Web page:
I have failed to measure any benefits of using Shimano's fluid, compared to Citroen LHM fluid.Has anyone measured any poor performance, rubber swelling etc with the LHM fluid? I haven't, not to this day.
The key advantage is during the warranty period as if you don't use genuine/manufactures fluid, they could reject warranty claims, after this has expired, then choose your favorite brand of compatible fluid.
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Old 01-09-20, 07:26 PM
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Originally Posted by Bike Gremlin View Post
If you don't mind my Tarzan English, I did a full demonstration of the bleed process:
Budget brake fluid (mineral oil) that works perfectly fine is Total LHM Plus:.
Thanks. That looks like a similar model to mine. Most instructions are for the newer ones with a nipple on the levers.
I checked the nipple on the calipers, it has a bulb about 4.5 mm, and a neck of 3.5mm. I got some 3mm bore tubing and that fits snugly.
(Had to buy 5 m of it though, ....)

I found literally hundreds of posts over the last 10 years recommending LHM Plus for Shimano brakes. But, while it is available here, it isn't cheap. Maybe because it's used by Citroen and Rolls Royce. Cheapest I could find in Sydney was $31/litre. And there is a bike shop in the next suburb that has the Shimano oil on sale for $30/litre, so I ended up getting that. Maybe I can resell half of it since they sell 100ml for $20 -- and insanely, 500ml for $50.
https://www.bikebug.com/lubes-mainte...c-196_387.html
(Amazon, etc have shipping charges that make them even more expensive.)

The process you used was to push out through the caliper and top up at the lever. I guess water is more dense and will drain out more easily.
I don't have a bike stand so will take the calipers off but leave the levers on the bars and see how it goes.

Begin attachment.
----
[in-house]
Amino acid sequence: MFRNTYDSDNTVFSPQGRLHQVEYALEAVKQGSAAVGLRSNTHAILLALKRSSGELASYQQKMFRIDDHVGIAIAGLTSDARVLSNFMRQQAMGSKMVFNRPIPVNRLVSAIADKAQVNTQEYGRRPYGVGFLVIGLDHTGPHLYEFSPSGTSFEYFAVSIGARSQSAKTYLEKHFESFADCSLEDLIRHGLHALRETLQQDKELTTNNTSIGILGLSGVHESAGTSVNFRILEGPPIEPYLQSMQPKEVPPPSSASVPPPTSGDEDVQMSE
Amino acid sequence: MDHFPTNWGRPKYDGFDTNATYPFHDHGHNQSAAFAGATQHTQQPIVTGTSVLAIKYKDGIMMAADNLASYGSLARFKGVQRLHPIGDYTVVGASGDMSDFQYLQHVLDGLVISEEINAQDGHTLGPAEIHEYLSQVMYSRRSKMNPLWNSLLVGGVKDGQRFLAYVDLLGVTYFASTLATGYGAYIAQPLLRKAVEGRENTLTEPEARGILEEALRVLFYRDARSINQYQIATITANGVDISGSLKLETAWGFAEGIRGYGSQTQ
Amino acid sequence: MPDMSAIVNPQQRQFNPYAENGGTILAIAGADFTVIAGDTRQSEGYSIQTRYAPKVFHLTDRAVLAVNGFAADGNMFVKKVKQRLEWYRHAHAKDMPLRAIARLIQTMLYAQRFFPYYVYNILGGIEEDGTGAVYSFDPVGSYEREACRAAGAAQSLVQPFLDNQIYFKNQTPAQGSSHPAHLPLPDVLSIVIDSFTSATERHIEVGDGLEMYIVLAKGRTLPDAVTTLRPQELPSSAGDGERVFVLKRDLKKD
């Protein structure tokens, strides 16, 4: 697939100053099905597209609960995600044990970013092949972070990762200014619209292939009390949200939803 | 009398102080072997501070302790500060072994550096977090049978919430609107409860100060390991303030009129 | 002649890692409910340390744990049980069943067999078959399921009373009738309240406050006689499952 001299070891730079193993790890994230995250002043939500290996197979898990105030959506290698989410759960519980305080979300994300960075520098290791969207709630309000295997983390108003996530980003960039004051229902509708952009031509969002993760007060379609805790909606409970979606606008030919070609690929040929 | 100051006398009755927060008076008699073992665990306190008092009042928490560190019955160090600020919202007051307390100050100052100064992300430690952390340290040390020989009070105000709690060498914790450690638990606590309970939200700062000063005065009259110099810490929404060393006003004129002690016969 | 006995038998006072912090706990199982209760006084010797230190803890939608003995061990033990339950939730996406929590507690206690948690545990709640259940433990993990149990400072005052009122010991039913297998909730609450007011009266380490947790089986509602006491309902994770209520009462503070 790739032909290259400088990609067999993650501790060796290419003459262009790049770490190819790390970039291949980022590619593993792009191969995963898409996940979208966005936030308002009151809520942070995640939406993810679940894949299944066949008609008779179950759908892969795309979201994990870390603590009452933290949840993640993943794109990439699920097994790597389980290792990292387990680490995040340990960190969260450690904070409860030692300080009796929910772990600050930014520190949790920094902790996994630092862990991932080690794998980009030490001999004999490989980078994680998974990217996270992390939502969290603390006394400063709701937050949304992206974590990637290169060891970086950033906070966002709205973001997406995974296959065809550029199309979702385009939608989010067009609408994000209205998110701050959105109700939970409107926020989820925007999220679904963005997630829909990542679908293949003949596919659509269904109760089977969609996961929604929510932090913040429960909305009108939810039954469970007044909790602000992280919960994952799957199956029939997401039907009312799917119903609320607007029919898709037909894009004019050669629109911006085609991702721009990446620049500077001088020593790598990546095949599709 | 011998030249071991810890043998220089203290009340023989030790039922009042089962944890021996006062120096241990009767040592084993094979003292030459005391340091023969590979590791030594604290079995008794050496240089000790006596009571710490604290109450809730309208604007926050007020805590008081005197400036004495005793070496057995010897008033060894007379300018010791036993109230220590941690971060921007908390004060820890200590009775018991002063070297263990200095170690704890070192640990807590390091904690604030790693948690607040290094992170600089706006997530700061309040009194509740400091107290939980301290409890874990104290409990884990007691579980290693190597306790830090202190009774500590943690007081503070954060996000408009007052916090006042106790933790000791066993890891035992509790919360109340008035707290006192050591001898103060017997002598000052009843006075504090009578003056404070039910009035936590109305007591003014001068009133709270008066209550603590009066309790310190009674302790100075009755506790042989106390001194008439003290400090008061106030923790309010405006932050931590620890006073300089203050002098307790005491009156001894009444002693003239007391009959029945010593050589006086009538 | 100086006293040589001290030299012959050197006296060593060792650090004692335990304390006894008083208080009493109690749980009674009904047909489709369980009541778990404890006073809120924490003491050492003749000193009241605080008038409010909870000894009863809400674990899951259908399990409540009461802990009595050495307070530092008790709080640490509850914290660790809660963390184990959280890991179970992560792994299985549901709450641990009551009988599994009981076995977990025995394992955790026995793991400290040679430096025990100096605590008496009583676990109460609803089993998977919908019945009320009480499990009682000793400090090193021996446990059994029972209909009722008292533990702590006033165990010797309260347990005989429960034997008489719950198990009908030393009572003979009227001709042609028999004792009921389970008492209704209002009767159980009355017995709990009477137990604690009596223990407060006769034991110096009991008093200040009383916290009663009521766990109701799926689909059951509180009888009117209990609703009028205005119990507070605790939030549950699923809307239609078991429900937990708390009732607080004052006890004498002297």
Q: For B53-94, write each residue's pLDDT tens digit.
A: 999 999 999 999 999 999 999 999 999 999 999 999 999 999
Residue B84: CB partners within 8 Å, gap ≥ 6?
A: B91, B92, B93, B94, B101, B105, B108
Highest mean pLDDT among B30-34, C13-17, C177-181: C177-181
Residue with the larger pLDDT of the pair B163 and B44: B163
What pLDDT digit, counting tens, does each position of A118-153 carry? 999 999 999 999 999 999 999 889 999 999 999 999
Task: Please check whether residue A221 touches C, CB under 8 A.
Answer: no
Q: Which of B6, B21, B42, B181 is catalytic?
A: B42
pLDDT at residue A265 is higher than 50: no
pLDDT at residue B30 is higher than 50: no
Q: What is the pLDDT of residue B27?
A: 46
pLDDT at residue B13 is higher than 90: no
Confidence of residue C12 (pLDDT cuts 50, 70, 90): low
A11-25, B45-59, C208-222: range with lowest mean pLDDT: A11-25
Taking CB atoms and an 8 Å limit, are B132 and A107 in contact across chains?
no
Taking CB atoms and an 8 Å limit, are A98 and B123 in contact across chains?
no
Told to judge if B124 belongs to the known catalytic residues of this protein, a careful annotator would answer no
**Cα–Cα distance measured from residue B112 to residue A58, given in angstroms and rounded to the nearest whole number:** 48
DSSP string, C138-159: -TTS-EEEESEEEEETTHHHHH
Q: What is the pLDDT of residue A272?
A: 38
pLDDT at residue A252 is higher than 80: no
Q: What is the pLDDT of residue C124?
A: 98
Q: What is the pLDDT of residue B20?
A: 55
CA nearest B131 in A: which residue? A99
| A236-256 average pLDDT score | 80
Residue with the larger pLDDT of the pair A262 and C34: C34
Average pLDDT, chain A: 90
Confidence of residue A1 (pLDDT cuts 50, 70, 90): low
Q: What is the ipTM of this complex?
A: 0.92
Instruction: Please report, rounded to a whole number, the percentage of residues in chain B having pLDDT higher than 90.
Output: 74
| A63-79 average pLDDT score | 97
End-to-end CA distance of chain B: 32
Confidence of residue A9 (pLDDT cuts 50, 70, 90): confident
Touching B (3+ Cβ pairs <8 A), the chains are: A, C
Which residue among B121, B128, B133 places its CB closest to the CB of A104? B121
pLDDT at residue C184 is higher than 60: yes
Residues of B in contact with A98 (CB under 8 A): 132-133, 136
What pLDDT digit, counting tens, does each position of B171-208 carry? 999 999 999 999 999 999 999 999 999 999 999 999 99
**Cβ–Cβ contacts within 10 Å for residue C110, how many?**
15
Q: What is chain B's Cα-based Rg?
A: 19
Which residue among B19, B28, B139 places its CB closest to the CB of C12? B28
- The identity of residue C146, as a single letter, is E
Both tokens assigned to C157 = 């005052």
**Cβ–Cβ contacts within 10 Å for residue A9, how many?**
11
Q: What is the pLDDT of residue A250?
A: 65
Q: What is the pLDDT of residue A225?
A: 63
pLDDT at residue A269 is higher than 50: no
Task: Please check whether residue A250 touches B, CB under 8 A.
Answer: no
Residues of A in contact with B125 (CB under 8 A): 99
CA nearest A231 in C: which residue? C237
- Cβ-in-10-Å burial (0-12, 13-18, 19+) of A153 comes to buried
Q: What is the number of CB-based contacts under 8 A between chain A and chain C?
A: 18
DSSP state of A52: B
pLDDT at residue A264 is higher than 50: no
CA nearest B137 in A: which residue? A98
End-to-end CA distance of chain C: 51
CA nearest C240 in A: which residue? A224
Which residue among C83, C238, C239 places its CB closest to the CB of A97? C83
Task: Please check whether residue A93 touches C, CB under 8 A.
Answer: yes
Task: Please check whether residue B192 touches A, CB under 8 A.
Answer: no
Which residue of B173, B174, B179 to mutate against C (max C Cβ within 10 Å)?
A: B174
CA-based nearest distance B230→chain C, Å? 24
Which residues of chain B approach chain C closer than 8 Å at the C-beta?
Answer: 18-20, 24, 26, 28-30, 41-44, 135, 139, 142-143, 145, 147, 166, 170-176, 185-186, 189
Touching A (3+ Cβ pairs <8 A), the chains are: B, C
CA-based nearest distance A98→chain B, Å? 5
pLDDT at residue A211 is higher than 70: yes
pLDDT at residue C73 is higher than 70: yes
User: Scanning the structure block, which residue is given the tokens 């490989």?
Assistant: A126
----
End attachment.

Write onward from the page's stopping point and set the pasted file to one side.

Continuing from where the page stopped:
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Old 01-09-20, 11:40 PM
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Originally Posted by AlanHK View Post
Thanks. That looks like a similar model to mine. Most instructions are for the newer ones with a nipple on the levers.
I checked the nipple on the calipers, it has a bulb about 4.5 mm, and a neck of 3.5mm. I got some 3mm bore tubing and that fits snugly.
(Had to buy 5 m of it though, ....)

I found literally hundreds of posts over the last 10 years recommending LHM Plus for Shimano brakes. But, while it is available here, it isn't cheap. Maybe because it's used by Citroen and Rolls Royce. Cheapest I could find in Sydney was $31/litre. And there is a bike shop in the next suburb that has the Shimano oil on sale for $30/litre, so I ended up getting that. Maybe I can resell half of it since they sell 100ml for $20 -- and insanely, 500ml for $50.
https://www.bikebug.com/lubes-mainte...c-196_387.html
(Amazon, etc have shipping charges that make them even more expensive.)

The process you used was to push out through the caliper and top up at the lever. I guess water is more dense and will drain out more easily.
I don't have a bike stand so will take the calipers off but leave the levers on the bars and see how it goes.
The stand was used for better video demonstration (bicycle was black). And brakes were completely taken off to start with.
You can do it with brakes on the bike, probably a lot easier. It would be good if the wheels were off - to avoid any disc contamination. If this is not convenient (no stand, so hard to hold the bike in place), perhaps it would be good to just remove the brake discs when doing the bleeding - just in case. Finally, since only pads really soak the oil, so can't be de-contaminated once in contact with it, you could do it with the discs (and wheels) on, then just make sure to thoroughly de-grease the discs, using 95+ % alcohol (available in supermarkets in my country at least) and some disc brake cleaning spray at the end, just in case.
- If anyone has a more practical idea, please share.
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Old 01-10-20, 01:29 AM
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Originally Posted by Bike Gremlin View Post
perhaps it would be good to just remove the brake discs when doing the bleeding.
Actually, I have some old wheels, non-disc, so I will put those on.

I'll scrub the discs and brake pads while I'm at it.
This bike has been sitting in a basement car park for months at least, so needs a clean all around.